Rustic Cabin Use Summer Introduction Porcupine Mountains Wilderness State Park

Rustic Cabin Use Summer
Porcupine Mountains Wilderness State Park
Great Lakes, Great Times, Great Outdoors
33303 Headquarters Road
Ontonagon, MI 49953
(906) 885-5275
This manual provides you with important information concerning summer use of the rustic cabins at
Porcupine Mountains Wilderness State Park. It is essential that you and all members of your party
read through this information before your trip. After reading it, make a careful and honest evaluation
of your partyʼs abilities. Once you enter the wilderness, you are responsible for yourself and your
groupʼs safety. Please be aware that wilderness travel can be dangerous.
Mirror Lake 8-bunk, completed in 1946, was the first rustic cabin built at the Porkies by park staff.
Since then, 18 more rustic cabins have been added throughout the park and the popularity of these
cabins is still as great as ever.
2-bunk cabins
• Cross-cut
• White Birch
• Mirror Lake 2 Bunk
4-bunk cabins
• Lake Superior
• Big Carp 4
• Section 17
4-bunk cabins
• Greenstone Falls
• Little Carp
• Mirror Lake 4
• Lily Pond
• Buckshot
• Speakers
• Log Camp
• Lake of the Clouds
6-bunk cabins
• Big Carp 6
8-bunk cabins
• Mirror Lake 8
• Union River*
• Whitetail*
• Gitche Gumee*
* Cabins with asterisk are open all year
Mirror Lake 8 Bunk
These cabins all offer a remote setting, with no electricity, no running water and only a woodstove for
heat. It is the simple setting, simple duties and simple pleasures combined with a sense of adventure
and beautiful scenery that makes the parkʼs rustic cabin program just the ticket for folks looking to
get away from the concerns of the bustling modern-day world.
Trip Planning
1. The first step in planning your trip is to determine the abilities of your group. Most of the rustic
cabins are found in a wilderness setting and require travel on foot to access. Hikes to the cabins
range from 1 to 4 miles on wilderness trails except for Gitche Gumee which is barrier free.
2. Pick a range of dates and a few different cabin choices. The popularity of these cabins means
they often are reserved well in advance.
3. Beginning the first work day of the new year, reservations can be made by calling the park at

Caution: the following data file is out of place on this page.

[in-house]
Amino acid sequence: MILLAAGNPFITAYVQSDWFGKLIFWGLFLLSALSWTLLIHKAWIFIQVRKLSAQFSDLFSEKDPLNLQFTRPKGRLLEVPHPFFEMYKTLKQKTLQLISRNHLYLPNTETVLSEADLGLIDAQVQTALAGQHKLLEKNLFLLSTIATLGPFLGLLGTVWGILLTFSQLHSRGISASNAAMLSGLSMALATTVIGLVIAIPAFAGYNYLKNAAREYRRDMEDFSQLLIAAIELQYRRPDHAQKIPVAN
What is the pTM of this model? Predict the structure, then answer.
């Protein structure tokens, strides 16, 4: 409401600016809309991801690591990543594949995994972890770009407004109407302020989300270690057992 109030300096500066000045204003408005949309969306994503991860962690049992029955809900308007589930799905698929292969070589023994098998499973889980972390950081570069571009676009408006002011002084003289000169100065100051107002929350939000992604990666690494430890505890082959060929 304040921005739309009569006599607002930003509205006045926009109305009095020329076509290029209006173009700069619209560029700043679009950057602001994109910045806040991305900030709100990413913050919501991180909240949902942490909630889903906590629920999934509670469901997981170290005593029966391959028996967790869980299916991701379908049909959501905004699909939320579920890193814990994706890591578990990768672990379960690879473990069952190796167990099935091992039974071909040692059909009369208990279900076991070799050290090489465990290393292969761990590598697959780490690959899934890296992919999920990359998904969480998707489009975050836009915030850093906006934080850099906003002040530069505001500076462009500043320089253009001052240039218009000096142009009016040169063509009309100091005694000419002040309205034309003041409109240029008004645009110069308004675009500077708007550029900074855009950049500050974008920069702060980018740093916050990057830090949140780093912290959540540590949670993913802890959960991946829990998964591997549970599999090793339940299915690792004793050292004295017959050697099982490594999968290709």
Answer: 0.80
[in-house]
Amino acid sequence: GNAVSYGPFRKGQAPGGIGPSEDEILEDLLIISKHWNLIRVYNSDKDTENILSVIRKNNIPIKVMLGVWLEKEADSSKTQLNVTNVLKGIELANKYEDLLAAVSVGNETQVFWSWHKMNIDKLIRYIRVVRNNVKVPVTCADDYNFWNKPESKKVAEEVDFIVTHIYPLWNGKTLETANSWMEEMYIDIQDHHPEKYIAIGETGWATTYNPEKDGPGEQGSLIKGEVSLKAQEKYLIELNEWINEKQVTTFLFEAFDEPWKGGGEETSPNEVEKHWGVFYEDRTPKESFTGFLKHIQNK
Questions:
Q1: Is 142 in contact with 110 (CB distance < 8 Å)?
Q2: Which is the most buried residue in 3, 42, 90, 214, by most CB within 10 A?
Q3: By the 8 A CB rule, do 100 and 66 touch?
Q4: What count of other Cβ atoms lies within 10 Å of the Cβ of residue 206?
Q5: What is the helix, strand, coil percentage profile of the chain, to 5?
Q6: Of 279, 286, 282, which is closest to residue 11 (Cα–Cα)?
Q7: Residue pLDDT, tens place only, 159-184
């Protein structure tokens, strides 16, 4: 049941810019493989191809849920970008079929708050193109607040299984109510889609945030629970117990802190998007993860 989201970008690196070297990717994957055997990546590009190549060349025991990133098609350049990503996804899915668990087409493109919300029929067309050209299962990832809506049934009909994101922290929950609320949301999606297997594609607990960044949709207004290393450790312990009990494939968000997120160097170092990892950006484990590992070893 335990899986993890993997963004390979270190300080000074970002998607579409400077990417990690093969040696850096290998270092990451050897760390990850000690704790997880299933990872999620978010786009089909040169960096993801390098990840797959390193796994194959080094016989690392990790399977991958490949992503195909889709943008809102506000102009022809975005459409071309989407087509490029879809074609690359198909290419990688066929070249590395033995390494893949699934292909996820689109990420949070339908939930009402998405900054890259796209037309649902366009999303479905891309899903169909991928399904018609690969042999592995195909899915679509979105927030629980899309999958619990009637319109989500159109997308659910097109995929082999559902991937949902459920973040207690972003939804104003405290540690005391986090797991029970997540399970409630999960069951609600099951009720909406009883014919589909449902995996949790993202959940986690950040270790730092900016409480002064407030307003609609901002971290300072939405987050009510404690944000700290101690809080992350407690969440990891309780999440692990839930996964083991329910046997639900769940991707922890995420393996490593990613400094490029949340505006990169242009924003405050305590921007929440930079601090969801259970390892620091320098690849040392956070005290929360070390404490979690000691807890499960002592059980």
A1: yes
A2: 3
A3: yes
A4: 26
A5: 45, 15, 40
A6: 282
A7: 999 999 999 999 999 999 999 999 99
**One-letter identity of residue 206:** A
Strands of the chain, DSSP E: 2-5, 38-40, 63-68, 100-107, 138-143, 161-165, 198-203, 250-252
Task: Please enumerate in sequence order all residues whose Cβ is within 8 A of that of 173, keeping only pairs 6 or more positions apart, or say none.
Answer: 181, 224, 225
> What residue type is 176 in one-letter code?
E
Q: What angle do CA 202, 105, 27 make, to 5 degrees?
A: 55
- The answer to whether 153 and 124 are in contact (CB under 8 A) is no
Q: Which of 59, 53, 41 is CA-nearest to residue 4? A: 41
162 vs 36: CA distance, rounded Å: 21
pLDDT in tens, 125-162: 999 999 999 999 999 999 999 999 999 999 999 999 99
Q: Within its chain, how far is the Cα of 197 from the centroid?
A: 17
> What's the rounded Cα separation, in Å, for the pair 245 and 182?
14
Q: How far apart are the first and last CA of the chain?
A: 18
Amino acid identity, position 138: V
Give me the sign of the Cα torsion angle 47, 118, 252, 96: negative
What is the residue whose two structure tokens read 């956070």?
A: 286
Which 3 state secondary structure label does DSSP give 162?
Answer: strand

(906) 885-5275 for the following year. Example: Beginning Wednesday, January 3, 2007,
reservations can be made for the 2008 season. Starting later in 2006, reservations will be handled
through the Central Reservation Service. Call the park or visit
4. After your reservation and payment have been made, you will be sent a confirmation permit to use
the cabin containing information about the rental policy. A park map and wilderness use guidelines
(also available online) will be included with your cabin key upon arrival to the park.
5. Rustic cabin users are expected to conform to all wilderness rules and regulations.
Additional trip planning information
• Maximum number of persons sleeping in cabins is not to exceed the number of bunks in the cabin.
• A bunk is one bed. Tents are not permitted in the yard of the cabin.
• Maximum length of stay is 15 nights.
• July through September is the busiest season; for more solitude, try earlier or later in the year..
• Cabin rentals are from 3 PM Eastern time the date of the reservation until 1 PM Eastern time on
the last date of the reservation.
Before leaving, always tell a relative or friend where you are going, your route and when you plan to
return. If there are any concerns about your return, persons can call the park headquarters at (906)
885-5275 to report any problems or emergencies.
No Mechanical or Motorized Vehicles
Motorized vehicles, wheeled carts, wheeled boat carriers and other mechanical devices are not
allowed on trails except on established mountain bike trails.
While on the Trail
The journey is not only about the destination. Enjoy the beauty and scenery of your travels, but also
take the following into consideration and plan for an adventurous hike.
Foot trails are rugged and may be covered with water, mud or snow. You may encounter steep hills to